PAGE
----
How Do Candidates Get Ready to Run for President?
The decision to run for president of the United States is one that does not come easy to any candidate, as proven by the long and drawn-out process most go through before committing to a campaign. Indeed, many candidates for 2016 have yet to confirm a decision to run. There’s been little doubt that Hillary Clinton would run, but she’s only just recently made a public decision.
What is it that so many potential contenders are doing to prepare — whether they’re decided, undecided, or decided but unannounced about their candidacy — for a political move of that magnitude? Every candidate has something a little different to do to prepare personally. For many, it’s a matter of talking things over and seeing how their personal lives would be affected, as well as if their family is prepared to weather that storm.
There are candidates who have already watched family members go through the criticism that comes with a presidential run, like Hillary and Jeb Bush, and know what to expect in terms of scrutiny. “You can’t be too upset about it,” said Bill Clinton to NPR, referring to attacks on his wife’s health and saying that negative commentary was “just the beginning,” and that “they’ll just get better and better.”
Others are less certain they want that sort of attention — Mitt Romney is a good example of that. When asked if he would run in 2016, according to NBC, wife Ann Romney said, “Not only Mitt and I are done, but the kids are done. Done. Done. Done.”
That’s not the only personal consideration that candidates make. For some, health and appearance also have a role in preparation. New Jersey Gov. Chris Christie underwent weight-loss surgery in 2013 for personal and health reasons, rather than in relation to a presidential campaign or for political reasons.
That being said, health and appearance do matter when considering public office. “I got elected to office at my previous size. People say it’s about politics, which is wrong. It’s about living a healthier life, and being healthier and being able to stay around longer. Once you turn 50, you realize, you know, you’re not invincible,” said Christie, according to NJ.com.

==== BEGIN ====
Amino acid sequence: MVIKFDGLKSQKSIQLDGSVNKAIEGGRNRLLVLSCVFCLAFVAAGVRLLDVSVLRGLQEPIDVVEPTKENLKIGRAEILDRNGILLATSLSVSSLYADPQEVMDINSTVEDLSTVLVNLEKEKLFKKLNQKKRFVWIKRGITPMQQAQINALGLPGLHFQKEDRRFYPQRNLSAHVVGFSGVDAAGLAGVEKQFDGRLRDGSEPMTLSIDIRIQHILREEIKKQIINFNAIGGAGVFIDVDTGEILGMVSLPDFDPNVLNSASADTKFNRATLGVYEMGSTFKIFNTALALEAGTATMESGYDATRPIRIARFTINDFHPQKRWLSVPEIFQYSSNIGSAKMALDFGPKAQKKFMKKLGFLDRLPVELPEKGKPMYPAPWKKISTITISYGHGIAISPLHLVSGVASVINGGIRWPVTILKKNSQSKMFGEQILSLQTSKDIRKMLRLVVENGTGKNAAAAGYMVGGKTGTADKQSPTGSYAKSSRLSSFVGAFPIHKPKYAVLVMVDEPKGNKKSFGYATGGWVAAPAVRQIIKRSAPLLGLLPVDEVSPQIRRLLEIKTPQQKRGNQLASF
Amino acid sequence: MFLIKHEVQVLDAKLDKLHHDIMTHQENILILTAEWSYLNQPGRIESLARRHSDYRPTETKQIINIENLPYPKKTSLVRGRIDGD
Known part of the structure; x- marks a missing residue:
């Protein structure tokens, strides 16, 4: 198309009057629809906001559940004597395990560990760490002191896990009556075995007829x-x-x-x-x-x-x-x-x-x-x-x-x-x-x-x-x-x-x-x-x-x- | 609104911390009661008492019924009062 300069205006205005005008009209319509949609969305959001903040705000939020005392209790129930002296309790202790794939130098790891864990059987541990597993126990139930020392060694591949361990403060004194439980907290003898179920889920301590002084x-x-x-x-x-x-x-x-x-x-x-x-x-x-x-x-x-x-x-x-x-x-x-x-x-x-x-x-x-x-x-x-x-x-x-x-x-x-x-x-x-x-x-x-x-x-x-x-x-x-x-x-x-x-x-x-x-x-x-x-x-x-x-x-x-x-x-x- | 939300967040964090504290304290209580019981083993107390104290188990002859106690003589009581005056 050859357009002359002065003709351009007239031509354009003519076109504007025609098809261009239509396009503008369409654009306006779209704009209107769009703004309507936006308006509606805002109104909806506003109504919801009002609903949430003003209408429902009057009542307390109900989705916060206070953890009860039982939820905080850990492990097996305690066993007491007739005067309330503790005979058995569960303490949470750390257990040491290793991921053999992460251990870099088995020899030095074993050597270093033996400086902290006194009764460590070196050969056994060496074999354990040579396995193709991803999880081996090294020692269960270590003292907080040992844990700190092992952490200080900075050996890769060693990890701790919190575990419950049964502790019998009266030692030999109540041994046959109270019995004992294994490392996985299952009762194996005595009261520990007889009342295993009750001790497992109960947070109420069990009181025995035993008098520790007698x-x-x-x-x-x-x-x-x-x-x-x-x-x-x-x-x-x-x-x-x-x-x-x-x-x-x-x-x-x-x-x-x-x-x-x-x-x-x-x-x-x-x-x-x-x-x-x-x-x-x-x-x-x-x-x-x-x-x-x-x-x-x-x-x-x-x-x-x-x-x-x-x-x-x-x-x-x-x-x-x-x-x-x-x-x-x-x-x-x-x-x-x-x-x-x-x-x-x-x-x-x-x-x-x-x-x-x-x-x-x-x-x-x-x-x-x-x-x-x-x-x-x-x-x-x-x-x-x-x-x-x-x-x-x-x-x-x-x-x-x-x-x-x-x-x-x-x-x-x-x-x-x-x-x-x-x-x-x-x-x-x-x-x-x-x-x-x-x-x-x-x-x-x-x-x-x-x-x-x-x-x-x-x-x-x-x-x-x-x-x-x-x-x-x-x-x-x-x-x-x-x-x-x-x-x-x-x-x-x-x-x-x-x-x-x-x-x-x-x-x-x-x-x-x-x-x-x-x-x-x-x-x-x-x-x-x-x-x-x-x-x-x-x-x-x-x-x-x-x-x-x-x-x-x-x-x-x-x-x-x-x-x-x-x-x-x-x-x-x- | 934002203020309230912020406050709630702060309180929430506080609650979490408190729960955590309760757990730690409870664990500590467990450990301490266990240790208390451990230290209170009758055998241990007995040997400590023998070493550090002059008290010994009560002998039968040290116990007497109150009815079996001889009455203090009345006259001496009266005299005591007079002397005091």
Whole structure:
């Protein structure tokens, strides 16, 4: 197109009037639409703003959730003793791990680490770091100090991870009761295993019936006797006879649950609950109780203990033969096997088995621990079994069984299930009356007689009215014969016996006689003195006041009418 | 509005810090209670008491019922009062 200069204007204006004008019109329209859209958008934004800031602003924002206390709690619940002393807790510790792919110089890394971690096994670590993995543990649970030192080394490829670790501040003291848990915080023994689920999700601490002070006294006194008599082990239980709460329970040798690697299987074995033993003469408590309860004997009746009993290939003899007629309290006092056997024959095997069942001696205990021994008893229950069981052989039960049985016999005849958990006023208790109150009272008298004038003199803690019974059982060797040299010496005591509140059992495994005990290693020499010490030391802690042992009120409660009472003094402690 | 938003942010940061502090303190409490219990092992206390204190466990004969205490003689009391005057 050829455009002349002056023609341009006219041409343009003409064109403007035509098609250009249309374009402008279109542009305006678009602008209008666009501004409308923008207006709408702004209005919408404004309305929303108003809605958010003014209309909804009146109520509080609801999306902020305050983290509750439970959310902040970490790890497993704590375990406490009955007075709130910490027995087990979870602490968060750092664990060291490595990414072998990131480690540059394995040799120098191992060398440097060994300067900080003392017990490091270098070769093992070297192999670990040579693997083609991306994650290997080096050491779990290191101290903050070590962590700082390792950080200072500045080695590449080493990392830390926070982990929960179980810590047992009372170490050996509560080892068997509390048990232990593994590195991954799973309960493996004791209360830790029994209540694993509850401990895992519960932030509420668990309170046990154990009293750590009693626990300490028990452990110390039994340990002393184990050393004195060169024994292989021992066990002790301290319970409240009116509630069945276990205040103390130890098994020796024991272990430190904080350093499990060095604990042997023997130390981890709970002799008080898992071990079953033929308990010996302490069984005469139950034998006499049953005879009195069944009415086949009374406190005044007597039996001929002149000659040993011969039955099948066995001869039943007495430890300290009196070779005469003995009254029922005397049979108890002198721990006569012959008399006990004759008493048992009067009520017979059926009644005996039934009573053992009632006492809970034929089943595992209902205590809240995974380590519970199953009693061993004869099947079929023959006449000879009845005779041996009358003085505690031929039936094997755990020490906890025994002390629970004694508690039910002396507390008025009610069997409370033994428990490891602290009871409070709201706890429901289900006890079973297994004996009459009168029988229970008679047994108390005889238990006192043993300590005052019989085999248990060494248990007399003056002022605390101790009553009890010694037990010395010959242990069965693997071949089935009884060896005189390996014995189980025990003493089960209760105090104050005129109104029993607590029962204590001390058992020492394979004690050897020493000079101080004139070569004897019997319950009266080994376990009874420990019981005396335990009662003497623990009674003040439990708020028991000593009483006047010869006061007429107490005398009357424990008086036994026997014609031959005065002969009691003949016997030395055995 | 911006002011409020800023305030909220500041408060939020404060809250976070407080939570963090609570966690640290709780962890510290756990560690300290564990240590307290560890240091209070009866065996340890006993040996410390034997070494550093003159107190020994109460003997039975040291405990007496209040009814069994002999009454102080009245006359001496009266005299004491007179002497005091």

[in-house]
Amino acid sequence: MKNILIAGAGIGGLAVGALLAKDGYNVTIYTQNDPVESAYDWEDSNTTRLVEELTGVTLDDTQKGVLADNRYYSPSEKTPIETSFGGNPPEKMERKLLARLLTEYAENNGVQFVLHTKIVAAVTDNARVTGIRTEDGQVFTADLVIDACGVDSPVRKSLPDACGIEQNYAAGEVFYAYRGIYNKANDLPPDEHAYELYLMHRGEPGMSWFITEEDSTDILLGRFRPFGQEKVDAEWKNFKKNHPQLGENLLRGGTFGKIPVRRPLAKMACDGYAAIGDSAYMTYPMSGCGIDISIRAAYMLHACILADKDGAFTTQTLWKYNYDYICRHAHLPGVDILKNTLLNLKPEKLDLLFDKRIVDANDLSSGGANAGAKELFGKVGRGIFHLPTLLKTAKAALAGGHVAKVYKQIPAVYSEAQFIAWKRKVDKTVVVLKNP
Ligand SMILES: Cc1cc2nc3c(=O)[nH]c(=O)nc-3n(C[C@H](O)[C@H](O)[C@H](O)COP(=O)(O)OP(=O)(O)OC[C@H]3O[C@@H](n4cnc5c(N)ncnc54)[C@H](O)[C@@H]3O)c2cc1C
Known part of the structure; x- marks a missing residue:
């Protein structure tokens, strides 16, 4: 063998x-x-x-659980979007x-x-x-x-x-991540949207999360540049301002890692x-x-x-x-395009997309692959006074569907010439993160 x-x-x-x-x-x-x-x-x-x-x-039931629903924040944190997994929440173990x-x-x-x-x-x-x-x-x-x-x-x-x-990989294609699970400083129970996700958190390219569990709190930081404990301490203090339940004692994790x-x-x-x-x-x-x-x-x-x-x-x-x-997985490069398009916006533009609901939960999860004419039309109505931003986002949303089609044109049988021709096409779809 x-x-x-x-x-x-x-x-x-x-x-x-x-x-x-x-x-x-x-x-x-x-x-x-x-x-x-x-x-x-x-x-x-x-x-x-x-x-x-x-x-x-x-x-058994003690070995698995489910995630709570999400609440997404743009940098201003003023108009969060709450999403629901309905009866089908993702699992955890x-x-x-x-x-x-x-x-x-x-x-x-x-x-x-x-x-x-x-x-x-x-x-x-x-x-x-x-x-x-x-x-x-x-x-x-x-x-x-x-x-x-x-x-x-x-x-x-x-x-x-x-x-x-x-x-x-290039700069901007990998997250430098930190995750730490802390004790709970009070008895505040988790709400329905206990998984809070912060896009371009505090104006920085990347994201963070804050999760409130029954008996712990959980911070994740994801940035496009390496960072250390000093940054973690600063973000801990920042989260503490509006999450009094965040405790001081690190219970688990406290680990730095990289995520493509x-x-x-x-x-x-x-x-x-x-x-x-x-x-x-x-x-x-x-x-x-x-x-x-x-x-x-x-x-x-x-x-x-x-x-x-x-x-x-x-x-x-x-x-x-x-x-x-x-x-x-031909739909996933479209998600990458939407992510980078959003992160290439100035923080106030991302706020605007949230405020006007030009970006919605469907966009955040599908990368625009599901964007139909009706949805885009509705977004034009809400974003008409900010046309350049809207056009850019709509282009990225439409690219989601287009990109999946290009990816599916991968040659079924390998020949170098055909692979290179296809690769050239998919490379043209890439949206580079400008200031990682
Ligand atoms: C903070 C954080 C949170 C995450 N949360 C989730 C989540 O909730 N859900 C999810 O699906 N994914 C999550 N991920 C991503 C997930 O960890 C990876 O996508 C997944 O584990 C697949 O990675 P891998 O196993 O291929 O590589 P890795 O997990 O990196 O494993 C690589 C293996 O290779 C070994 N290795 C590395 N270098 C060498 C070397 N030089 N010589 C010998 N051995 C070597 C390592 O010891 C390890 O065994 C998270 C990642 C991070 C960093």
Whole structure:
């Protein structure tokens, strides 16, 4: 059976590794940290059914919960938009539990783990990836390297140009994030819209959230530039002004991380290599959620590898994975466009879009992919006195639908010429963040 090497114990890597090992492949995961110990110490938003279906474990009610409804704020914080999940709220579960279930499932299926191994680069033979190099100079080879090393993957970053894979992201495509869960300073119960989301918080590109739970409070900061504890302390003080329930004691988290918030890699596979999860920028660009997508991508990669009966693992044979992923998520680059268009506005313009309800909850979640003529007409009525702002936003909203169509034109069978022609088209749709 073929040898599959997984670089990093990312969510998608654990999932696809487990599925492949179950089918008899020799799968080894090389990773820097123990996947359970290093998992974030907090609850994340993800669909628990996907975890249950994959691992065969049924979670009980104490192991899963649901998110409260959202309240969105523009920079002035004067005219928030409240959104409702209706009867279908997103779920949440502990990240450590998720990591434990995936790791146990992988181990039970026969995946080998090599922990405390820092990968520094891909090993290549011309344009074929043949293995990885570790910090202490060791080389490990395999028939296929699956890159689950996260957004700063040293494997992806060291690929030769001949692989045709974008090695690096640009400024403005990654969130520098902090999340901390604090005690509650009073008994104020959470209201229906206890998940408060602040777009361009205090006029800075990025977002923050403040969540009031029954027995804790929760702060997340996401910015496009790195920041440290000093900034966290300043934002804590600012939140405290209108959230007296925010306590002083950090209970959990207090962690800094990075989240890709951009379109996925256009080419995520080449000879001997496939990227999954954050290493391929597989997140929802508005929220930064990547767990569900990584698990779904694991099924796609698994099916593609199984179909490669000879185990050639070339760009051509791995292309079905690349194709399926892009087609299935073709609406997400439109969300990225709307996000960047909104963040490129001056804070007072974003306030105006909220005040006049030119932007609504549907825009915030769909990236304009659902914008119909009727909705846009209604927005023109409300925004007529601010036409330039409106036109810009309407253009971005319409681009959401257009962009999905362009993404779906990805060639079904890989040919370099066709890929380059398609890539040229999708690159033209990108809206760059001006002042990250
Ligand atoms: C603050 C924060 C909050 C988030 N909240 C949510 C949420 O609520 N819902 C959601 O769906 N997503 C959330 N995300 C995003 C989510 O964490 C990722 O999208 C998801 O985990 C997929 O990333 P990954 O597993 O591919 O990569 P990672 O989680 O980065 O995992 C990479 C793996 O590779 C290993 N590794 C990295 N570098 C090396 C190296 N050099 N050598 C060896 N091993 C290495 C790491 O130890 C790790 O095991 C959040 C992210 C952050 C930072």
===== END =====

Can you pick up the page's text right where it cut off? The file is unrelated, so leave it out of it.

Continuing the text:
Jeb Bush has been making an effort to lose weight to appeal to voters. “I am always hungry,” he said to The New York Times. And who wouldn’t be? The Paleo diet he’s on is short for Paleolithic, as in caveman. As in no carbs — no muffins, no pancakes, and no spaghetti.
On the financial end of things, many candidates are using this time of preparation to attract donors (something Scott Walker may have earned in spades given comments from the Koch brothers) and look for campaign funding. This means attending and hosting fundraisers, speaking before groups, and usually some sort of exploratory committee and a PAC.
Often, candidates begin their political efforts with early tours through Iowa and New Hampshire, both states where primaries take place, and where early successes can be important signs. So far, New Hampshire has had visits from most of the presidential potentials.
Joe Biden was in the state twice in September and Bush made multiple appearances in April, as have Christie and Clinton. Ted Cruz, Mike Huckabee, Bobby Jindal, and Walker have also made their own visits. Iowa has seen a similarly crowded collection of visitors.
Another important part of preparing for a campaign is choosing the right staff, whether that means advisers or people to help build the funds to run a campaign. The team needed to run a successful campaign is enormous and requires talented and capable members.
Even before Clinton decided to run, she was looking at campaign headquarters in New York City, searching for employees to act as advisers. Many Republicans, like Rand Paul, are also looking to diversify their supporters by placing teams in unconventional areas, like Silicon Valley.